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    A complete guide to statute of limitations in Australia, including whether it applies in each state and what offences are covered.

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      statute of limitations Australia NSW

      Is there a Statute of Limitations in Australia?

      Posted By , on July 7, 2022

      When a person is charged with a criminal or traffic offence after a long delay, they may ask ‘is there a statute of limitations in Australia?’

      In many jurisdictions, this question will be determined based on how serious the offence is.

      The seriousness of a charge will determine how the case proceeds in court. It also determines whether or not a statute of limitations applies to it.

      Criminal Cases

      Criminal cases are generally commenced by the issuing and filing of a court attendance notice (‘CAN’).

      Court proceedings in respect to criminal or traffic charges may commence by way of issuing and filing a CAN notice. This can be done by a police officer, public officer, or private prosecution pursuant to sections 173 and 174 of the Criminal Procedure Act 1986 (NSW).

      If the offence is a summary offence, it will be dealt with in the local court ‘summarily’. These offences generally carry a maximum penalty of two years imprisonment or less. Some examples of summary offences include drink driving, offensive language and drug possession.

      More serious offences are called indictable offences.

      Indictable offences can remain in the local court, but they can also be moved to the district court or supreme court.

      Charges are therefore categorised into either summary offences or indictable offences.

      There are then strictly indictable offences, which commence in the Local Court but must be finalised in the district or supreme court.

      Examples of strictly indictable offences include sexual assault, murder and robbery.

      What is a Statute of Limitations?

      A statute of limitations is the maximum amount of time between the commission of a crime and when the charge is laid.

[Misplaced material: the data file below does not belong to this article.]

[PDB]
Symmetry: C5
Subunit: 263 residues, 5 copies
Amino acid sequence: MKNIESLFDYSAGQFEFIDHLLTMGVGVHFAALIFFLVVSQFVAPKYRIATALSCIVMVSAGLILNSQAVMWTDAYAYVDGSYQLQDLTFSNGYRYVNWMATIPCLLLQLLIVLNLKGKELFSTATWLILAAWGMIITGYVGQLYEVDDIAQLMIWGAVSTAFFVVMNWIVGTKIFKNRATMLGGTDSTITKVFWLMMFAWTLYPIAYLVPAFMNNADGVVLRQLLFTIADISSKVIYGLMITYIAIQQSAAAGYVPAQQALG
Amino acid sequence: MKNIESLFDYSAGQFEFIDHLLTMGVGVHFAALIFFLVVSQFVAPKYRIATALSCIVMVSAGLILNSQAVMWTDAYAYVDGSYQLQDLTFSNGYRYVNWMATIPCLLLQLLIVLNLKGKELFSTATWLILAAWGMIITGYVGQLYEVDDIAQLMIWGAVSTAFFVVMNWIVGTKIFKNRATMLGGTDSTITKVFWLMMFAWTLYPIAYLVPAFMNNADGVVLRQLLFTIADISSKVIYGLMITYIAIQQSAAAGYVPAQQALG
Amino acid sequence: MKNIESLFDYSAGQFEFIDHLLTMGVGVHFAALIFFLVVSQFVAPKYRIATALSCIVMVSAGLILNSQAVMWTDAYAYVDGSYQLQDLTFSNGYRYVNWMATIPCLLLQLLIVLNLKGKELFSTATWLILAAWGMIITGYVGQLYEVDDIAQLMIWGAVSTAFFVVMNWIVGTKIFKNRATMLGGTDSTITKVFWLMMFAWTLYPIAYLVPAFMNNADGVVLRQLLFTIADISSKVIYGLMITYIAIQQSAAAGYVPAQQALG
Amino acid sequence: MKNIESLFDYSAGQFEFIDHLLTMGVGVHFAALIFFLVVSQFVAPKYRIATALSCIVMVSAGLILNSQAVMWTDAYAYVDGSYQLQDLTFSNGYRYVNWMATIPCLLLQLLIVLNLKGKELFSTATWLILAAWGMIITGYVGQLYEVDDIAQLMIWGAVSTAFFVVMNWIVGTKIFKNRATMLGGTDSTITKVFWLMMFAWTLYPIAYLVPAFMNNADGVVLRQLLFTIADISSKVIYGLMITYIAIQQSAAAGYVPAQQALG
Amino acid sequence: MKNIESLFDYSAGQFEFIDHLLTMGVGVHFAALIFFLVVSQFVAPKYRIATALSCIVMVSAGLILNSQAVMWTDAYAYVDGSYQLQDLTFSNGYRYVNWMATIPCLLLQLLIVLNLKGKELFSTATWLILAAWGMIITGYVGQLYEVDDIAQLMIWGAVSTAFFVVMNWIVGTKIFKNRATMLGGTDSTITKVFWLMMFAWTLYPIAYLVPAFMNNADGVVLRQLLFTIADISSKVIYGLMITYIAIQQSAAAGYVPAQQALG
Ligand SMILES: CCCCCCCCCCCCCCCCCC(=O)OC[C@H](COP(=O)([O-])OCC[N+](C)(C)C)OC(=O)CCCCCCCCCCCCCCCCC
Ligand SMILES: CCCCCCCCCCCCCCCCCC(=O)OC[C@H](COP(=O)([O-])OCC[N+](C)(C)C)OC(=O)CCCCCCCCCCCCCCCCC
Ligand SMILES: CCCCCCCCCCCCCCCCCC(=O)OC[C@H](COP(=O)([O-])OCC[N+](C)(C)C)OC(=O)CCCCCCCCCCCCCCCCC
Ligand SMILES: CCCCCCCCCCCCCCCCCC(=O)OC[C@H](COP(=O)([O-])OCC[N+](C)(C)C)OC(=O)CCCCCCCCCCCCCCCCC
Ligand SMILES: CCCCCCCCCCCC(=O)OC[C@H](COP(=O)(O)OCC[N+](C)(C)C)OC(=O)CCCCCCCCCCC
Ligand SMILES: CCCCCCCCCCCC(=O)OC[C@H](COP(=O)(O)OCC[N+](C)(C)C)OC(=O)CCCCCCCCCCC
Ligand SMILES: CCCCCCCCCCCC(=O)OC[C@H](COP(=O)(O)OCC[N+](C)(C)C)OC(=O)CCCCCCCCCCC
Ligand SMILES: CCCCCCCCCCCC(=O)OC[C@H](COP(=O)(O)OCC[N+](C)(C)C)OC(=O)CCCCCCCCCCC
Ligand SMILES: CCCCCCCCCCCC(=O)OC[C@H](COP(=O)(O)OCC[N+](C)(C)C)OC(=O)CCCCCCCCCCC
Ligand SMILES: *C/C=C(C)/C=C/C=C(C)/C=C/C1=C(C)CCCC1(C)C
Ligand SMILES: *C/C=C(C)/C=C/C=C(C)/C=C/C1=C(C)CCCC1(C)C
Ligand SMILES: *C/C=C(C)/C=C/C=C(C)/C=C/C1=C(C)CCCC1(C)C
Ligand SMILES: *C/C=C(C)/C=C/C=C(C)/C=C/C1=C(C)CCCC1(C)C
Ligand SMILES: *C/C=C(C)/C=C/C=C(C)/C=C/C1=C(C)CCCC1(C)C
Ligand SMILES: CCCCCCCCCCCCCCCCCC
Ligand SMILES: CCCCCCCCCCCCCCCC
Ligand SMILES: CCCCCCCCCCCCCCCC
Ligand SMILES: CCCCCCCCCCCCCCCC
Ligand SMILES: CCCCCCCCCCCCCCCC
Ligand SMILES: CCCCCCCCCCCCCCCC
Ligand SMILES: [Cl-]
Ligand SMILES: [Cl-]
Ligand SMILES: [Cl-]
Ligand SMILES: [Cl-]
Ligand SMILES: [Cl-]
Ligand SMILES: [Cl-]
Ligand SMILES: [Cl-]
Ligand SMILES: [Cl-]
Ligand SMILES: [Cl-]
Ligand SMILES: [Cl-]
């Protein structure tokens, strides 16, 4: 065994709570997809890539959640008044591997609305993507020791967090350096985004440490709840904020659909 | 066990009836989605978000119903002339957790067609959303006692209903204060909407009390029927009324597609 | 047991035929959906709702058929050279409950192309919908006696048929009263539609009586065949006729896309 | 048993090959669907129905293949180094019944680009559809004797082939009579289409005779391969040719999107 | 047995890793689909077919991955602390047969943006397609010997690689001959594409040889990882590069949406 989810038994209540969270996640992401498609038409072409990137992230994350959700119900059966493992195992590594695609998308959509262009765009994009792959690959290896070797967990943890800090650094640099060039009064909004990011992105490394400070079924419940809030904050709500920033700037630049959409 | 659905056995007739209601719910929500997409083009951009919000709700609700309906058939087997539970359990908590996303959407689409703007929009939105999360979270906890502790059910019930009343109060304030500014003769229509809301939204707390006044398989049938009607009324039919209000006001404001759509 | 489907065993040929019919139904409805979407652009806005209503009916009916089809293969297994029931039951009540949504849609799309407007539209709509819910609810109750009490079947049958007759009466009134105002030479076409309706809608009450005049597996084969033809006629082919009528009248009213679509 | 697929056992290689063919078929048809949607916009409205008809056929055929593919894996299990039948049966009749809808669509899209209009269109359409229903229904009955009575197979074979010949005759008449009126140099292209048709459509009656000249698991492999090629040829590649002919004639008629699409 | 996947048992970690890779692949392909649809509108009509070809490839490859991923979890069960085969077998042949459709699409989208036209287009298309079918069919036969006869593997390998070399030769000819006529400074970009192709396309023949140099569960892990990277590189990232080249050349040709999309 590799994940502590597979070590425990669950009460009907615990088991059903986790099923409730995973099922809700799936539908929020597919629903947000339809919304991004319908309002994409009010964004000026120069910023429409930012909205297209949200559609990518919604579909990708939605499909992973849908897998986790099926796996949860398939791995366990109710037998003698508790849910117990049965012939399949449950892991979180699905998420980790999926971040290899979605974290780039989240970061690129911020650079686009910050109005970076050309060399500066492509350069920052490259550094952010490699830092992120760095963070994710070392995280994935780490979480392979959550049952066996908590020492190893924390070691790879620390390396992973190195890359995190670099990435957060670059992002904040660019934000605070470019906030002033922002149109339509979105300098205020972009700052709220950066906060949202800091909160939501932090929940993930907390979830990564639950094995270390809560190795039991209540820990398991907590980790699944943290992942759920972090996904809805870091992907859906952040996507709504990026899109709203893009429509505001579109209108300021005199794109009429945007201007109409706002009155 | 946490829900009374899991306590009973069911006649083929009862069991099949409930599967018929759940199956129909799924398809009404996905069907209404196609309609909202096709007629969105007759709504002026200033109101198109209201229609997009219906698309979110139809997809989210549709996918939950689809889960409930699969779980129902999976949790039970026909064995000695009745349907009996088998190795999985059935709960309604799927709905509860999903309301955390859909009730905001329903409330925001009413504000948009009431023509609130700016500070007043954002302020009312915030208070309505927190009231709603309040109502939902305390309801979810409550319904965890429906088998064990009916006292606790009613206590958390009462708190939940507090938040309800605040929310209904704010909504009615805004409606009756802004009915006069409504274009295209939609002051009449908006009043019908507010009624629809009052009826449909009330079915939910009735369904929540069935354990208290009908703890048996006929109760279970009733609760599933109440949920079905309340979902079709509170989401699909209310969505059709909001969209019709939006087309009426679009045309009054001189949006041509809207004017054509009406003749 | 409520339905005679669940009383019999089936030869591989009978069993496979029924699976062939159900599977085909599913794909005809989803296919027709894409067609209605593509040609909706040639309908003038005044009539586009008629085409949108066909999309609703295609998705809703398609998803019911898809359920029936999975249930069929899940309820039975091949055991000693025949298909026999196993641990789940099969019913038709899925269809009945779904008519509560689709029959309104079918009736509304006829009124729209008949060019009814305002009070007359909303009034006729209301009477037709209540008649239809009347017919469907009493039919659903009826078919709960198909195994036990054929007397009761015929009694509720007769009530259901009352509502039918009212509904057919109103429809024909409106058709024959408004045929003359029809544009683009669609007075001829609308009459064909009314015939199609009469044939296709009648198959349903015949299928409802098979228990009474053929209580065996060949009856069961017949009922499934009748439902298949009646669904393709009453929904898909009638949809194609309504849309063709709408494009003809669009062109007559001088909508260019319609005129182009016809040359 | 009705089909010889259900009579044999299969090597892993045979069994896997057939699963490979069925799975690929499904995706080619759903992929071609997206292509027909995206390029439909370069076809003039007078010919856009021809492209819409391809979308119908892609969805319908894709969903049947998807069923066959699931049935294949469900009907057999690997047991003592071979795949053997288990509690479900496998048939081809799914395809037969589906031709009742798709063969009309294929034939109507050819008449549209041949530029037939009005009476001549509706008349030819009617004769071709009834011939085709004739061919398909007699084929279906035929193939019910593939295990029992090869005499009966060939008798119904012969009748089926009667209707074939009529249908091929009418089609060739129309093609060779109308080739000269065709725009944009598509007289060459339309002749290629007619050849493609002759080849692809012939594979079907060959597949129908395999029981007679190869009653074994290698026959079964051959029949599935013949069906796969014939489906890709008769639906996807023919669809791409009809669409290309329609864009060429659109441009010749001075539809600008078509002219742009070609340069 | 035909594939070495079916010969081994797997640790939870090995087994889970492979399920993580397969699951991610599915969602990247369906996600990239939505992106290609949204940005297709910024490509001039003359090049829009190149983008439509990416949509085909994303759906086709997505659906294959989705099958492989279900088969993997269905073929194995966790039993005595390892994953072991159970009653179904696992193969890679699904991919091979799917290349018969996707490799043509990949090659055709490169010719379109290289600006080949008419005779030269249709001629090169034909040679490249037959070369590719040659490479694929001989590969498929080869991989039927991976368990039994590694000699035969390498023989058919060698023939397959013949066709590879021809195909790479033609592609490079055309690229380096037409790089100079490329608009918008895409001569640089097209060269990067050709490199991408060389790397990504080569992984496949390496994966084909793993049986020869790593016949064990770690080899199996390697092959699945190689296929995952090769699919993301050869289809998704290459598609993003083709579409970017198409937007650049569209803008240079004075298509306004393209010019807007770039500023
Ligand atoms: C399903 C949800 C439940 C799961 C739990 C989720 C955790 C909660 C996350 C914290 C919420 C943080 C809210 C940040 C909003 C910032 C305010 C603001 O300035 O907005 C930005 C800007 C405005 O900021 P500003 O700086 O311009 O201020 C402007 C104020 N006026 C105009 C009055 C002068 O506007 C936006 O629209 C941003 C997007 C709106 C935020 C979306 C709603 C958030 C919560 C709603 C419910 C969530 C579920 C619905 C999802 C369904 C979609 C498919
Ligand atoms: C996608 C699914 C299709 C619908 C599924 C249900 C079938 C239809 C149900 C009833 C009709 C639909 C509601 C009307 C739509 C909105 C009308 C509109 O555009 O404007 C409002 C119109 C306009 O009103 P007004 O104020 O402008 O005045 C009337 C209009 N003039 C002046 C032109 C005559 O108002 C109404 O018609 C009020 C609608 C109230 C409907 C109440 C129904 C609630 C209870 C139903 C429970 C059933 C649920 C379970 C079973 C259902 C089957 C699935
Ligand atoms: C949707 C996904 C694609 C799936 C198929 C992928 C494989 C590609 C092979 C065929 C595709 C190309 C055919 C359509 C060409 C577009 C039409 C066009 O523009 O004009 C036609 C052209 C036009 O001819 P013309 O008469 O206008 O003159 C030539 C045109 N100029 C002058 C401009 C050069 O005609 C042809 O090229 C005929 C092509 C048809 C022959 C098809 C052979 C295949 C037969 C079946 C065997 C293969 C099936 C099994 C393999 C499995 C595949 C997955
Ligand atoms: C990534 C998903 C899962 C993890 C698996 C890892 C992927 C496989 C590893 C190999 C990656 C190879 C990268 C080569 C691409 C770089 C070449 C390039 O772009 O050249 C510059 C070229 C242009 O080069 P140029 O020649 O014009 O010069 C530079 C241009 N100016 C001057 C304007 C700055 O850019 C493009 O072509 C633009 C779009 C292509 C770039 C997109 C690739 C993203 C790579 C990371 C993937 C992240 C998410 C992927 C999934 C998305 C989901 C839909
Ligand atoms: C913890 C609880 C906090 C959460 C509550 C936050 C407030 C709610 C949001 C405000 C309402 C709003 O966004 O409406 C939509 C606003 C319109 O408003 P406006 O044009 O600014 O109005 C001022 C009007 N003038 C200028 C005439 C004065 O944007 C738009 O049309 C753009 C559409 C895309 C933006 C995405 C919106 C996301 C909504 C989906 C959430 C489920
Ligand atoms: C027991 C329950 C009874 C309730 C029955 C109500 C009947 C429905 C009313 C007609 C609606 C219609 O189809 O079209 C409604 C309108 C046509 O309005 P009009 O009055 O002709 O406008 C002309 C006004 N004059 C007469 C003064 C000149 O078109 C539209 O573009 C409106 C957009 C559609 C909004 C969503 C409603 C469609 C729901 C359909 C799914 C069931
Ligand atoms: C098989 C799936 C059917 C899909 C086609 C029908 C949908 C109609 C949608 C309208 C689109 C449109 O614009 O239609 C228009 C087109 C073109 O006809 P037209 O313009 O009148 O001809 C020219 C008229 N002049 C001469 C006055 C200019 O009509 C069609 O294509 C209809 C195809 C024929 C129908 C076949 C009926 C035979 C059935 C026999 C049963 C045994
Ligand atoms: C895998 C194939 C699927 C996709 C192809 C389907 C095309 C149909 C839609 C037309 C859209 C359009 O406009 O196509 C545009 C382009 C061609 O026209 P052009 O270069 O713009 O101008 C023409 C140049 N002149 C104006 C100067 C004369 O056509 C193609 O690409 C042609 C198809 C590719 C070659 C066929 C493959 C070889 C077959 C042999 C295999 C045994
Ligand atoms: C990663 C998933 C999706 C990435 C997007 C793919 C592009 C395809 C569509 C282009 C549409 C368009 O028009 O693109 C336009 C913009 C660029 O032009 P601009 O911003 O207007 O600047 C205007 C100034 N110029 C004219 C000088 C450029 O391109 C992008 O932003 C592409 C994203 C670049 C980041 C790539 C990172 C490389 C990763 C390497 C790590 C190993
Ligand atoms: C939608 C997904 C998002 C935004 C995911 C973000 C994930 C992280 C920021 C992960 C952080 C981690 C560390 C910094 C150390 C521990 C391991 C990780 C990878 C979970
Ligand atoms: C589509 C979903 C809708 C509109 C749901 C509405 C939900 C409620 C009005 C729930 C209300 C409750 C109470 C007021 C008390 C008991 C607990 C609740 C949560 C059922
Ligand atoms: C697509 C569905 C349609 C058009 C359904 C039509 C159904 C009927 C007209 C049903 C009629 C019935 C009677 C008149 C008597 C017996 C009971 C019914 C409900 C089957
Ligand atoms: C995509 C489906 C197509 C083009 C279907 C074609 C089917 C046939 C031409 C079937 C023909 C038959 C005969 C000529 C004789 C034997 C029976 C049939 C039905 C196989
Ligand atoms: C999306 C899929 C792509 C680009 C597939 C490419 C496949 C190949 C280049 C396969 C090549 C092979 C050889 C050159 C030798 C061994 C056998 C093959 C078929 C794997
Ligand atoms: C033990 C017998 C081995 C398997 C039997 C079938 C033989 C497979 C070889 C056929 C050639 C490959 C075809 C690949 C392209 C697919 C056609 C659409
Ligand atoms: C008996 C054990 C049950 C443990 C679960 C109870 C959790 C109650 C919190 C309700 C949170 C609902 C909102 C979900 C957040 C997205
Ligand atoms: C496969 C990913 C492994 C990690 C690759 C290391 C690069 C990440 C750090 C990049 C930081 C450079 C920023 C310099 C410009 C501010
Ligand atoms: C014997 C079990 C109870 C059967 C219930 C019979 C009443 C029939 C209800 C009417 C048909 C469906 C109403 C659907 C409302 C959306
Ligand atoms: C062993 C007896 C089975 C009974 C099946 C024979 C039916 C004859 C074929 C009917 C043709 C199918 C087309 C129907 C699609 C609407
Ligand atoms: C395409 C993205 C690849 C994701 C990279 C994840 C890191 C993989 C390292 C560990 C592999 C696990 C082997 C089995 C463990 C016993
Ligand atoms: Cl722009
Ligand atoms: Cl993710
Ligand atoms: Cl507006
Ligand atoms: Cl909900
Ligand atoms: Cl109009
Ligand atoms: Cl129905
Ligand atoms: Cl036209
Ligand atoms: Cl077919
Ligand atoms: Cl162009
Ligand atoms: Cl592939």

A court attendance notice must first be filed with the court. It then will be served on the defendant.

      If the charge was laid after the statute of limitation period, then this should be brought to the attention of police and the court as soon as possible.

      This is because the court will not have the power to hear the matter. This is known as the court being ‘functus officio’.

      Based on this, the charge should be withdrawn by the prosecutor and dismissed by the court.

      Statute of Limitations Australia

      The statute of limitations in Australia is set out in Section 15B of the Crimes Act 1914 (Cth).

      A person cannot be charged with a summary commonwealth offence 12 months after it is alleged to have occurred.

      A summary offence is an offence that carries a maximum penalty of 6 months’ imprisonment or less.

      If the defendant is a corporation, a summary offence is an offence with a maximum penalty of 150 penalty units or less.

      For all other commonwealth offences, there is no statute of limitations. For example, there is no statute of limitations for murder.

      This explains why you can be charged for an incident many years after the fact. For some offences, it can be difficult for the prosecution to obtain evidence at the time of the incident.

      In other cases, the alleged victim may be unable or unwilling to come forward until a later date. This is quite common with historical sexual assault offences.

      If you believe you may have been charged with an offence which is outside the statute of limitations period, you should contact experienced criminal lawyers in Sydney.

      Statute of Limitations NSW

      The statute of limitations in NSW is 6-months for summary offences.

      This means that if it has been more than 6 months since the alleged offence occurred, you cannot be found guilty.

      This limitation is contained in Section 179(1) of the Criminal Procedure Act 1986 (NSW).

      Criminal lawyers in Sydney explain that some statute of limitations examples include:

      • A negligent driving charge laid more than 6 months after an accident;
      • Police filing an obscene exposure charge at least 6 months after the incident occurred;
      • A goods in custody charge laid outside of the time limit. 

      Exceptions

      It is important to note that the NSW statute of limitations in criminal law does not apply to indictable offences. These are more serious offences that can be dealt with in higher courts.